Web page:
The present study demonstrated an incidence of 347 trauma-related major upper-extremity amputations per year within the NTDB, or 46 cases per 100,000 trauma admissions, with the most common levels of amputations being through the humerus (35%), forearm (30%), and hand (14%). Of the 1,386 cases of trauma-related upper-extremity amputations in the present study, the largest percentage occurred in white males and were treated at southern, level-I, university-associated trauma centers. For these individuals, the loss of an upper extremity is a life-altering event and causes a great degree of disability. A recent study involving a military population indicated that patients with an isolated upper-extremity amputation had a significantly greater combined disability rating than those with an isolated lower-extremity amputation (83% versus 62%; p < 0.0001) and that none of the upper-extremity amputees were found fit for duty18.

There is ongoing debate about whether lower-extremity trauma-scoring scales are applicable to severe upper-extremity trauma19. For example, conflicting data exist as to whether the Mangled Extremity Severity Score (MESS) can be applied accurately to the severely injured upper extremity20. A 2005 study examined outcomes following upper-extremity crush injuries that would have fallen into the amputation category under MESS but instead were treated with limb salvage and were found to have good outcomes at the time of the latest follow-up21. Outcomes following neural and vascular injury historically have been better in patients with upper-extremity injuries than in those with lower-extremity injuries as a result of anatomical differences affecting the capacity for functional recovery19,22,23.

Our study demonstrated concomitant neurovascular injury in 23% of patients with a major upper-extremity amputation, concomitant crush injury in 12%, and concomitant compartment syndrome in 4%. It is important to note that these data should be interpreted with extreme caution. Questions about the specific roles that these concomitant injuries play in cases of upper-extremity trauma are unanswerable with use of the NTDB, which provides limited granularity of patient data. It is possible that these represent injuries to neurovascular structures that are distinct from other osseous and soft-tissue injuries and may represent segmental or complex mixed injury patterns. Similarly, the exact definition of crush injury is difficult to pin down when many high-velocity injuries are mixed-modality injuries with at least some element of crush. The inability to rigorously differentiate these injury patterns represents one of the largest limitations of the present study. Additional discussion of these concomitant injuries has been included because the large size of this cohort allows us to identify population-level correlates that help to describe the recovery potential following these injuries.

Logistic regression analysis showed that the presence of a neurovascular injury, which is a negative long-term prognostic indicator in cases of lower-extremity injury, was associated with both reoperation and complications but not with short-term outcomes such as the duration of hospital stay or in-hospital mortality. However, a concurrent compartment syndrome was associated with both increased length of stay and mortality. Surprisingly, the presence of crush injury, which many regard as an indicator of a poor prognosis, was not associated with reoperation, major complications, the duration of hospitalization, or mortality. As previously stated, these data are difficult to interpret because of the limited granularity in the dataset. The mixed outcomes of neurovascular injury and crush injury found in the present study are undoubtedly multifactorial but may stem from differences in vascularity affecting post-injury tissue perfusion that make this pattern more survivable in the upper extremity relative to the lower extremity. To answer this question more completely, a study describing patient injury, care, and outcome to the level of detail of the individual patient is required.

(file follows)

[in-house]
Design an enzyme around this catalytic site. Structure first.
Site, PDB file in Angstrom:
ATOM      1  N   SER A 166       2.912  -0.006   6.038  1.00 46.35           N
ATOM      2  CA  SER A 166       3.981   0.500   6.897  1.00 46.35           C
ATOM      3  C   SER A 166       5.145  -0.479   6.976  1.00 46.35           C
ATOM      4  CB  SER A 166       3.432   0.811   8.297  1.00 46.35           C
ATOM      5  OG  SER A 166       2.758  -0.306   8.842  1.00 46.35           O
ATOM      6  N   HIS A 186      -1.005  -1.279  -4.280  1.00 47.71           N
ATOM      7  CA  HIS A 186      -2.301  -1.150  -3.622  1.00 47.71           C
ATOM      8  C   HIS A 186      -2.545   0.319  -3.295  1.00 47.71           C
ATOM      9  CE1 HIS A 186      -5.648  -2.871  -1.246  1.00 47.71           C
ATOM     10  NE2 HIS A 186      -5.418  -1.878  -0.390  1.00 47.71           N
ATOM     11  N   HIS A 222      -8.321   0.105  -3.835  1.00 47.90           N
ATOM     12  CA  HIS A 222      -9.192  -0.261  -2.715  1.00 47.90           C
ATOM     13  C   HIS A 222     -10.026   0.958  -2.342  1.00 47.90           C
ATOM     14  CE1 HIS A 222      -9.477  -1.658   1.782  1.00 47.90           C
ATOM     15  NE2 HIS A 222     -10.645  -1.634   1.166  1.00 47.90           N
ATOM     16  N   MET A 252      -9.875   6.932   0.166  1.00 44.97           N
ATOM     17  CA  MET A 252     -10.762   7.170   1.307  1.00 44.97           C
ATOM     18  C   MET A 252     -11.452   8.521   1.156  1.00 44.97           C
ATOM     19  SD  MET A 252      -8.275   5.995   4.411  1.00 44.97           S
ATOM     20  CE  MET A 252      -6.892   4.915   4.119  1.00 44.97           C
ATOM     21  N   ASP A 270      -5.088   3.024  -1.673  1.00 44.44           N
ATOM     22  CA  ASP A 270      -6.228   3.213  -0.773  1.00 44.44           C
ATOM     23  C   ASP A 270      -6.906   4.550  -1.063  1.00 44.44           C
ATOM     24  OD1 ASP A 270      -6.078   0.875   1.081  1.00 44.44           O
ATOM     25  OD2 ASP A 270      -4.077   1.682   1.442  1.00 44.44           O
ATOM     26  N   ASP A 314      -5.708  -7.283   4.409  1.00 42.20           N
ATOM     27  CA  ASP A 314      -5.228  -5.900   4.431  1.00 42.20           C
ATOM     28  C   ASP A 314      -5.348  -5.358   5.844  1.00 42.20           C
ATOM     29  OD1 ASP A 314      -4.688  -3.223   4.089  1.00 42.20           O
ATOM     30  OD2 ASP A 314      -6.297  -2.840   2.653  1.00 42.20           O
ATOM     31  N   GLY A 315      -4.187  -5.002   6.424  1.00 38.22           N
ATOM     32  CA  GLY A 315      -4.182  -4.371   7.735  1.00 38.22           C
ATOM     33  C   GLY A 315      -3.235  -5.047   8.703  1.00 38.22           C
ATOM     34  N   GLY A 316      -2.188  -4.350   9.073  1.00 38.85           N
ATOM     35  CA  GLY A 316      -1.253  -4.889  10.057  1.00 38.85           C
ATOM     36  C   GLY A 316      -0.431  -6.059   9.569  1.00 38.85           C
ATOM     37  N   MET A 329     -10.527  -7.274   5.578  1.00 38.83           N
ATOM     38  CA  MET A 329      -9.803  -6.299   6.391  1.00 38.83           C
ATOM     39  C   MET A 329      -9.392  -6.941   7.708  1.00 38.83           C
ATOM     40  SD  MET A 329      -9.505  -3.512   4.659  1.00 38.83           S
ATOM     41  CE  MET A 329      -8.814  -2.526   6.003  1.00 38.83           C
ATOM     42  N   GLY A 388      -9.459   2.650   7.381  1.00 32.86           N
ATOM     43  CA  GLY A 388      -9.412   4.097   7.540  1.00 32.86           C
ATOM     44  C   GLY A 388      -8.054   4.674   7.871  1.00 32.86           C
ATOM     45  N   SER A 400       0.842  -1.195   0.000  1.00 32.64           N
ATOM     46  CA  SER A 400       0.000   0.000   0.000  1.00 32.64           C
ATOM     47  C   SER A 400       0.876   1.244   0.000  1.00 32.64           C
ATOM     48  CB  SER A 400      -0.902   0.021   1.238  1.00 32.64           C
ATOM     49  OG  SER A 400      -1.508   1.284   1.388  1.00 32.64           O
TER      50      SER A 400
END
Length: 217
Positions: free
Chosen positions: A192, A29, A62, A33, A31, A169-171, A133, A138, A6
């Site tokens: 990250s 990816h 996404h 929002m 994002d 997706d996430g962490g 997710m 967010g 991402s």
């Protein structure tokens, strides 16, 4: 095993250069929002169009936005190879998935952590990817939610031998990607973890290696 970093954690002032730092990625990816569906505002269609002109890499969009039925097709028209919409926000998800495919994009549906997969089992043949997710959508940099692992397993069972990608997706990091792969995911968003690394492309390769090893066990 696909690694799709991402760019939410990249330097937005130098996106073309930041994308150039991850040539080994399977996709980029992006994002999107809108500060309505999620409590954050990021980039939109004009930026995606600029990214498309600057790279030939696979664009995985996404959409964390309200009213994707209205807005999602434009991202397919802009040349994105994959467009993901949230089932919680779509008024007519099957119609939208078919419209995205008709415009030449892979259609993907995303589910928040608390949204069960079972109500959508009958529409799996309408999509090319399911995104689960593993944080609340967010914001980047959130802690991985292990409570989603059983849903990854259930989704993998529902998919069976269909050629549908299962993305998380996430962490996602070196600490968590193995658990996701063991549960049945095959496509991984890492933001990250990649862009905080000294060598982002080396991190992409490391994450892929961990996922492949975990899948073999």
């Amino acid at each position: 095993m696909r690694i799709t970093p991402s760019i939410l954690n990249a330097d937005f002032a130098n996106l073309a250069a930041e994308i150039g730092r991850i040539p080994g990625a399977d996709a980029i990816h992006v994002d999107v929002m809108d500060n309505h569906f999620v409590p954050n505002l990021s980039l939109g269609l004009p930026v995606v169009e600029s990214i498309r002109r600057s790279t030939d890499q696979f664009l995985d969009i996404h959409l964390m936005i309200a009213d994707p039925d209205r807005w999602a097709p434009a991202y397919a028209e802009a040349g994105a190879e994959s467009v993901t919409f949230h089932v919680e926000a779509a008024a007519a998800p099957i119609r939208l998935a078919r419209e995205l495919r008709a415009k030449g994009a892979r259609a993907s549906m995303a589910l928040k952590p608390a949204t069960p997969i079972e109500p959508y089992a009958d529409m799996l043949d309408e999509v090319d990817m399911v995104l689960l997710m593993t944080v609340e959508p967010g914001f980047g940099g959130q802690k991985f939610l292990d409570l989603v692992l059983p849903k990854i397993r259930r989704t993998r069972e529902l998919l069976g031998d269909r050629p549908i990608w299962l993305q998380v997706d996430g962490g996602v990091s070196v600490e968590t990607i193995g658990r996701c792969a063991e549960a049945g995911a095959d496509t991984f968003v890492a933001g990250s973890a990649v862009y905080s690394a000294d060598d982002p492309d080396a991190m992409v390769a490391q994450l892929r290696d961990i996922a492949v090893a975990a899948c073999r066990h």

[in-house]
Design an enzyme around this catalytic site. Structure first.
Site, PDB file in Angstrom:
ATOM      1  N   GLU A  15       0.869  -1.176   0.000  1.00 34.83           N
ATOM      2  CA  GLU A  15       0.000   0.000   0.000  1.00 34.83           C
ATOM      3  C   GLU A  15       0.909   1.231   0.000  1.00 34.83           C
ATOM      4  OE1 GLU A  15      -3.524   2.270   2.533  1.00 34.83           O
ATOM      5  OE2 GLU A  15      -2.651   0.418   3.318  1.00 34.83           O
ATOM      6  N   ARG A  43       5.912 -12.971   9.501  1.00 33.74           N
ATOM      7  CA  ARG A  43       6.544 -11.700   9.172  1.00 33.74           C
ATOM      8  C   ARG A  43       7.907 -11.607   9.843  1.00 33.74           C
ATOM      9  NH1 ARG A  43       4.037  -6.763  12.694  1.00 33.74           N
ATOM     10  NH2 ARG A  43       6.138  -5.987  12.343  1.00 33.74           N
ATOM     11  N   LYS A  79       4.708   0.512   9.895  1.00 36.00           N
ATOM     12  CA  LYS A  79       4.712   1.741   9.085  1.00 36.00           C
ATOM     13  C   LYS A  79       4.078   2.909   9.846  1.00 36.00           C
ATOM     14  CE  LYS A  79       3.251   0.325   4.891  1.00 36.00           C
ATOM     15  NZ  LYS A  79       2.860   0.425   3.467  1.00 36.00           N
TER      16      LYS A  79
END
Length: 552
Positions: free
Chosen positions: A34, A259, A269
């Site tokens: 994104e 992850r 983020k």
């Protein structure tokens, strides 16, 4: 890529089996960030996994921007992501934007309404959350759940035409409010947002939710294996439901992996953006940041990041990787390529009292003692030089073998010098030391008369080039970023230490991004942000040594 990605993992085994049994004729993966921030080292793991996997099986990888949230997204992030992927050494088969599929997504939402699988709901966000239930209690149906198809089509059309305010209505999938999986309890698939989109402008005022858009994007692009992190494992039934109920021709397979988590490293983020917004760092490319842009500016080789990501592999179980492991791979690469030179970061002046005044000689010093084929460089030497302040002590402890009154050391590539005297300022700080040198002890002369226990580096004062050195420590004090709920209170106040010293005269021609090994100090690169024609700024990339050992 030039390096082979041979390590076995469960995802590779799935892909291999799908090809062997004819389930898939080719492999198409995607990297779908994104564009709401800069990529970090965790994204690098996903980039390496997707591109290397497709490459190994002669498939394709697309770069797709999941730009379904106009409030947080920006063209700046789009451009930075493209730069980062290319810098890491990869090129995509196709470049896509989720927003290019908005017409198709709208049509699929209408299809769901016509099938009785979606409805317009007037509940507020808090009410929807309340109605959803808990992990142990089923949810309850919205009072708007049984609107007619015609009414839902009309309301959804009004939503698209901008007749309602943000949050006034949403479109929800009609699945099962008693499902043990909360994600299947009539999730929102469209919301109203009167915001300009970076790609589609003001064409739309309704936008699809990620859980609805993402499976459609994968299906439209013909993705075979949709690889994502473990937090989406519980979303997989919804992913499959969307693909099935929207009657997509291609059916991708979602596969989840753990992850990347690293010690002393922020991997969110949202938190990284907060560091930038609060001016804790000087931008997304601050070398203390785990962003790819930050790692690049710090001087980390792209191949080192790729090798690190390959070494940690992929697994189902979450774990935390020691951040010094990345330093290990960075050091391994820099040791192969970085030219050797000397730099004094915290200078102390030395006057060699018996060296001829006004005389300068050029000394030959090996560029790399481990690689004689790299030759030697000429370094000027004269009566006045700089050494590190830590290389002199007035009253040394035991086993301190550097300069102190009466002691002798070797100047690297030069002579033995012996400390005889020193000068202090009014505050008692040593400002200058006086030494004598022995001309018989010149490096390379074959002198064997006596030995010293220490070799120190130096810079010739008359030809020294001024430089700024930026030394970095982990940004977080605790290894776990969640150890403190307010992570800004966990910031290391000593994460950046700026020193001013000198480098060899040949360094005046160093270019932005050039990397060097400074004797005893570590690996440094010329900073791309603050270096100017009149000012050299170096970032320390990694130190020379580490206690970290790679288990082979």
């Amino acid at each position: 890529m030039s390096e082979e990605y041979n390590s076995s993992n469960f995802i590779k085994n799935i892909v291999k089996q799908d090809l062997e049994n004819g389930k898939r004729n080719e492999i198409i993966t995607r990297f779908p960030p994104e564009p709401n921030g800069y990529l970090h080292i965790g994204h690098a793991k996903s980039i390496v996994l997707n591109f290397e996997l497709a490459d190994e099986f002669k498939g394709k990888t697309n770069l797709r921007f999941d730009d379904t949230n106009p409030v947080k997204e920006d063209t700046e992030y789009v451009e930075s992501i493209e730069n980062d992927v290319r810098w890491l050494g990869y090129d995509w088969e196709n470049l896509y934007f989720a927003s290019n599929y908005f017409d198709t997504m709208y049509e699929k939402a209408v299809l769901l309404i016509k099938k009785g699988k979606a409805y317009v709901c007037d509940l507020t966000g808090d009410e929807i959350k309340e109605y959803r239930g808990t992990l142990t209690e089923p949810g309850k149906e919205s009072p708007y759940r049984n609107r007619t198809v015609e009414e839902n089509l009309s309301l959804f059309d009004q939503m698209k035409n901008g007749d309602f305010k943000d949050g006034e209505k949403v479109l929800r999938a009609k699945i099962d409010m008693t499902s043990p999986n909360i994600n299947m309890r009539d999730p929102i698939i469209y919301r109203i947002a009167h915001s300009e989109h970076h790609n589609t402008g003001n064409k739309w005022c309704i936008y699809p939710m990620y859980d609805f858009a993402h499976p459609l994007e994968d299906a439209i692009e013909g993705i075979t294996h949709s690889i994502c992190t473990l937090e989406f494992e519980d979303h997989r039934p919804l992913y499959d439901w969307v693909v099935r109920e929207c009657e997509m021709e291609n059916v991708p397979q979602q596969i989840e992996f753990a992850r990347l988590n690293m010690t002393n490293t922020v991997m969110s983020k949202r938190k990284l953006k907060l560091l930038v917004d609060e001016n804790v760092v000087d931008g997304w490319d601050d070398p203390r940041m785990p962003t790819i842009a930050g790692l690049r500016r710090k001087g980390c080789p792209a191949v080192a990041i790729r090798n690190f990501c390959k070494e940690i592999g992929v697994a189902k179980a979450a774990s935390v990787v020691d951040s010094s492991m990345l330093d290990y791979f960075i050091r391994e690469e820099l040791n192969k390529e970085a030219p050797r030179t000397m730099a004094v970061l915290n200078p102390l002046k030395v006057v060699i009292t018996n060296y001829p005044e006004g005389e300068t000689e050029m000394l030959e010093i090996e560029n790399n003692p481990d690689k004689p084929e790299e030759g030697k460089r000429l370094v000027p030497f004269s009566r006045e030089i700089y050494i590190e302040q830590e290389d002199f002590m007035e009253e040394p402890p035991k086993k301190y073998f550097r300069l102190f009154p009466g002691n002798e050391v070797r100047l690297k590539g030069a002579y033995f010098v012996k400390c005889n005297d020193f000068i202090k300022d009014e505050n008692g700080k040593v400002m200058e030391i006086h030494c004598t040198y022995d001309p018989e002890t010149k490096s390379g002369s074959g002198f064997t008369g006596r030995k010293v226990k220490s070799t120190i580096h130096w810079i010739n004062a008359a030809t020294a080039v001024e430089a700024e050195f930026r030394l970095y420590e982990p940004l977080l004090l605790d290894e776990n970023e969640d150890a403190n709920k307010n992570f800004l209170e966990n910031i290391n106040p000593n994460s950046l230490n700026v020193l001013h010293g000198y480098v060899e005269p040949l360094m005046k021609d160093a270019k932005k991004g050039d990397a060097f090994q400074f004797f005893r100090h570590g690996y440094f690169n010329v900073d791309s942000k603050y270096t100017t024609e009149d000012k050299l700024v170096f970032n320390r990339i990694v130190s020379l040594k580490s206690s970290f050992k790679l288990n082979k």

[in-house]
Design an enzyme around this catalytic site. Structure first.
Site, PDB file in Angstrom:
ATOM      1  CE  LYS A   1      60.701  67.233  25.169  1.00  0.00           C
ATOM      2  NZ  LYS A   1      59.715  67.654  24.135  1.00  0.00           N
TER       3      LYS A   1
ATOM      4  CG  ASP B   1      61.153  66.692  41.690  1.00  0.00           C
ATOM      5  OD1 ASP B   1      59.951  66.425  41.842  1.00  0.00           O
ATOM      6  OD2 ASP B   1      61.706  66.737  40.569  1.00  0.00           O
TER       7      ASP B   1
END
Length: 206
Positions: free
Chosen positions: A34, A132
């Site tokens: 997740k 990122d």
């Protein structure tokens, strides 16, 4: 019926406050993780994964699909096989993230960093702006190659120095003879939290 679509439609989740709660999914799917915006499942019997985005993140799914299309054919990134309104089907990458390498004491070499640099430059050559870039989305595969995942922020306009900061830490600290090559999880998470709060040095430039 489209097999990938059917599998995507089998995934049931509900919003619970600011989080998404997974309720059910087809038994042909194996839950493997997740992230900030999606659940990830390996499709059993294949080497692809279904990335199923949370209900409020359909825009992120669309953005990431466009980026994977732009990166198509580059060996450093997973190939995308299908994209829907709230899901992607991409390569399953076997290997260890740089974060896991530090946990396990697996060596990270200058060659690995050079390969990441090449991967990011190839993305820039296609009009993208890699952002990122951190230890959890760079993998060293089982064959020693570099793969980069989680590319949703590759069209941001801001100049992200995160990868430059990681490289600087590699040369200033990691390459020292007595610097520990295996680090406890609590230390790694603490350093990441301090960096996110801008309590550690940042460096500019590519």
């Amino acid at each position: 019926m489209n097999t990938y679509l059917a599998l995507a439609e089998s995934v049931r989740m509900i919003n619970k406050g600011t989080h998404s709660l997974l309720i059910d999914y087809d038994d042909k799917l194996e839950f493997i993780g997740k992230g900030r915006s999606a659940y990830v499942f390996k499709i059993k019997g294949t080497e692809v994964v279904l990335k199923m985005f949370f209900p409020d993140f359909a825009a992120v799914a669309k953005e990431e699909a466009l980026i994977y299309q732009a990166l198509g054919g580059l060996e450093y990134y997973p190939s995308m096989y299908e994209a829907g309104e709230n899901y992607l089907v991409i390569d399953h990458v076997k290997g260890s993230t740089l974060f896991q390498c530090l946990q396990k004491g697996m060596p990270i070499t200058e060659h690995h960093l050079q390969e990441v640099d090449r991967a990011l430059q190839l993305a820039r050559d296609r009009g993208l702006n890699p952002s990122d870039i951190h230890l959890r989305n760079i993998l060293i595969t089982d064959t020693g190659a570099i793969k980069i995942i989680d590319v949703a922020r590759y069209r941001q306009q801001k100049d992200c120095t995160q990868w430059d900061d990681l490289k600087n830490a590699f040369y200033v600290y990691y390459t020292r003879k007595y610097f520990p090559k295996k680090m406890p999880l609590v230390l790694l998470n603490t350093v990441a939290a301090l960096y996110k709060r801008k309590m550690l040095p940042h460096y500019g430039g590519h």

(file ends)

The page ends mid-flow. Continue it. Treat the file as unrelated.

In the amputation arm of the LEAP study, 30% of patients were rehospitalized because of complications within the first 2 years and 14.5% required stump revision24. Similarly, a retrospective analysis of upper-extremity amputations in a military population showed a 42% rate of revision surgery after a median duration of follow-up of 20 months25. In many publications, such delayed reoperations are listed as complications. In the context of the index hospitalization immediately following a limb-threatening trauma, however, reoperation should be the expectation. Current military protocols for severe extremity trauma encourage early aggressive debridement with repeat trips to the operating room every 48 to 72 hours until wounds are clean and definitive orthopaedic treatment and wound closure can be provided19,26,27. In the absence of definitive evidence that early amputation yields superior results to attempted limb salvage, damage-control procedures focused on tissue preservation followed by later “second-look” finalization procedures are becoming the norm in an attempt to improve outcomes27.